The Toledo Cacao Growers Association which was established in 1984 was the original source for buying beans. Until very recently the cacao farmer would harvest the pods, extract the beans and then ferment them in wooden boxes covered with banana leaves. This process would take approximately 7 days. Once the beans were fermented they were laid out to dry. The TCGA would buy these dried and fermented beans from the farmer. In 2010, Maya Mountain Cacao started purchasing wet beans from the farmers in an effort to provide a more consistent quality to the buyer. The TCGA quickly followed suit and today both companies centralise the fermenting and drying of the cacao. It is at this stage that the various chocolate makers buy the beans to transform it into chocolate.
The Cacao festival changed its name in 2013 to The Chocolate Festival of Belize. As with years gone by, this year the event will be held on the Commonwealth weekend 20th – 22nd May and will follow the same format as the original with Wine and Chocolate evening on Friday, Taste of Toledo street fair held on the Saturday and Grand Finale on Sunday. Come and check out what promises to be a fabulous, informative weekend filled with chocolate, culture, music and fun and of course make sure you fly there on Tropic Air.
Toledo the southernmost district of Belize is arguably one of the richest areas of our country in terms of culture and topography. Cradled by high mountains, dense jungle and the blue Caribbean sea, the area is abundant in nature reserves, pristine rainforests, extensive cave systems and some of the best off shore cayes and yet historically it is one of the least populated and visited. Formerly frequented by the hardier eco traveler and backpacker, Tropic Air’s daily scheduled flights from almost anywhere in Belize including the International airport, to Punta Gorda the areas capital ,coupled with the increase in a variety of accommodation ranging from luxury lodges to bed and breakfast inns has opened up this diverse area to the mainstream traveler. Visitors can even stay in a traditional Maya home in a thatched cottage in one of the many Maya villages. This homestay project offers the chance to experience the Maya way of life. Food is authentic Maya fare of corn tortillas made on the fire, with corn ground on a traditional metate handed down over the centuries from family to family. This is served with caldo a tasty chicken stew with potatoes and vegetables grown on the family farm.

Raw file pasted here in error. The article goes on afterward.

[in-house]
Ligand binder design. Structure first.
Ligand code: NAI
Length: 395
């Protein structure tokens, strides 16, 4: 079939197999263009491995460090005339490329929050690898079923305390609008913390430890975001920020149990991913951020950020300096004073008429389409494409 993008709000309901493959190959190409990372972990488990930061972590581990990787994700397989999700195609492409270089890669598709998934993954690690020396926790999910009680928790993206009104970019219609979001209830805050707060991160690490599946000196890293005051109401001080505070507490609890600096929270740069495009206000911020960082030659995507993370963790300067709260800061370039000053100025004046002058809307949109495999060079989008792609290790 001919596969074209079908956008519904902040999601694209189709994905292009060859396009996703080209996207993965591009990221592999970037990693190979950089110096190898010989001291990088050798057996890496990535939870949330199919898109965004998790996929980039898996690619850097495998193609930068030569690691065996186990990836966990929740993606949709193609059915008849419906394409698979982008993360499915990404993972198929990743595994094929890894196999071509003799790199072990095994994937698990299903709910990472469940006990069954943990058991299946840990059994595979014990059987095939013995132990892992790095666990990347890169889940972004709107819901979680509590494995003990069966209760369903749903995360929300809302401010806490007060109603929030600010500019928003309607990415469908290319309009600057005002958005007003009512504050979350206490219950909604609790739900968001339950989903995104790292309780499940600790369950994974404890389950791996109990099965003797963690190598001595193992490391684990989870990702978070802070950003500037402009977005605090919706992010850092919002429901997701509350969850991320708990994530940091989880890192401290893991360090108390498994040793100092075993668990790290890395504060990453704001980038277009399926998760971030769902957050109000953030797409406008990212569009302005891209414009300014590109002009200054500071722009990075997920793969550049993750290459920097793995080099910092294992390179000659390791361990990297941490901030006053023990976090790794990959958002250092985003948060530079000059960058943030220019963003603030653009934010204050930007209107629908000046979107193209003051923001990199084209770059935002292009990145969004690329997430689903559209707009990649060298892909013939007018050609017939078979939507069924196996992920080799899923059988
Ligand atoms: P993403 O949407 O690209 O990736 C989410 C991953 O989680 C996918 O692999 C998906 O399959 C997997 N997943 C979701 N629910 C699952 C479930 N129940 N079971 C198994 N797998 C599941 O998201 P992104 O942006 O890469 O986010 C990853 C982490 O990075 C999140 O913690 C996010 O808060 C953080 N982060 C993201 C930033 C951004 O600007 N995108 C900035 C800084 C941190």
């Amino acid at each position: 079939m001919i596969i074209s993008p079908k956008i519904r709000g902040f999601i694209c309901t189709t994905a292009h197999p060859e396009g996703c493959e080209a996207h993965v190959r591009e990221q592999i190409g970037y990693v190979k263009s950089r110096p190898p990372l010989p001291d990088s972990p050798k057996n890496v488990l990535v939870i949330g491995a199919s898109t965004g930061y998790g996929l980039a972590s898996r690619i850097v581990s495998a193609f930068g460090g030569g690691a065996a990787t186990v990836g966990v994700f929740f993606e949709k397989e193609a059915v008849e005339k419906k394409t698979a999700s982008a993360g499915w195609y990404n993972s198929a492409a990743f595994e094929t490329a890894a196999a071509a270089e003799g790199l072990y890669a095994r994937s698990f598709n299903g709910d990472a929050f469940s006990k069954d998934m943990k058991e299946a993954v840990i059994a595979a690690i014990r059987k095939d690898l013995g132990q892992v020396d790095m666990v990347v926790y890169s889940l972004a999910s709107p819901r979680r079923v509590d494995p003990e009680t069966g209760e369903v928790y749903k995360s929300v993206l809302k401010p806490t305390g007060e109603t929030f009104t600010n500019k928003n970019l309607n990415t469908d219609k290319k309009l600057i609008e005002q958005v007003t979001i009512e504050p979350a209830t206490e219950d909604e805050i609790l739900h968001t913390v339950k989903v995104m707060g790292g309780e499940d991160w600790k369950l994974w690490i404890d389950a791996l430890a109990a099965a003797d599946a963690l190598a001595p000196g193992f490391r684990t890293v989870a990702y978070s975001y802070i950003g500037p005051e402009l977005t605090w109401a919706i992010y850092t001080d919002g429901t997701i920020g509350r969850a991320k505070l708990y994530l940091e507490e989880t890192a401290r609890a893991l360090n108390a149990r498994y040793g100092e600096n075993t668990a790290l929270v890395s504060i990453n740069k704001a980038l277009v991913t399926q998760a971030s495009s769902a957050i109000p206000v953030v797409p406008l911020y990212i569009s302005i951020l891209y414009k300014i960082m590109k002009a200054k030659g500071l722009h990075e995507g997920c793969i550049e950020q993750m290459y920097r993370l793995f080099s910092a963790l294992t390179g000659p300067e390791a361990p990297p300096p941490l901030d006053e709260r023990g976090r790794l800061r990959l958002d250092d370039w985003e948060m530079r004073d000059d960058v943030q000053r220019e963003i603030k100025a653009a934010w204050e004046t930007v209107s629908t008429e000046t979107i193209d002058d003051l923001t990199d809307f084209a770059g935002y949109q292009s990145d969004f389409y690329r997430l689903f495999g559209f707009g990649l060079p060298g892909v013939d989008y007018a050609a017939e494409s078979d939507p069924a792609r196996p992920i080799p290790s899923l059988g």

Whilst the Toledo district like the rest of Belize, is culturally diverse, the Maya culture dominates here, more than any other area of Belize. Some 30 villages inhabited by the Kekchi and the Mopan Maya dot the surrounding countryside. San Antonio located 25 miles outside of PG has one of the largest Mopan Maya communities in Central America and one of the centers for the annual deer dance. Villagers wear colorful costumes and dance to marimba music. The dance symbolizes the relationship between man and nature. The Maya maintain a strong link to the past through rituals, folklore and family. Fiestas dancing and traditional music remain important as several festivals and celebrations occur throughout the year.
The most recent annual event is the Toledo Cacao Festival held in May in Punta Gorda and throughout the district. Activities range from a wine and chocolate tasting evening to cookery competitions and a craft fair, trips to the outer Cayes and a cacao trail tour in Toledo’s chocolate country.
Other festivals in the district include the feast of San Luis during Easter, Garifuna settlement Day and the East Indian Festivals. In October The Tide fish fest is a weekend annual event dedicated to raising awareness of environmental issues. The weekend consists of a seafood gala with delicious food on offer, a youth conservation competition and a fishing tournament.
In November the Battle of the drums showcases local musicians as they display their talents in 5 different categories of Garifuna drumming.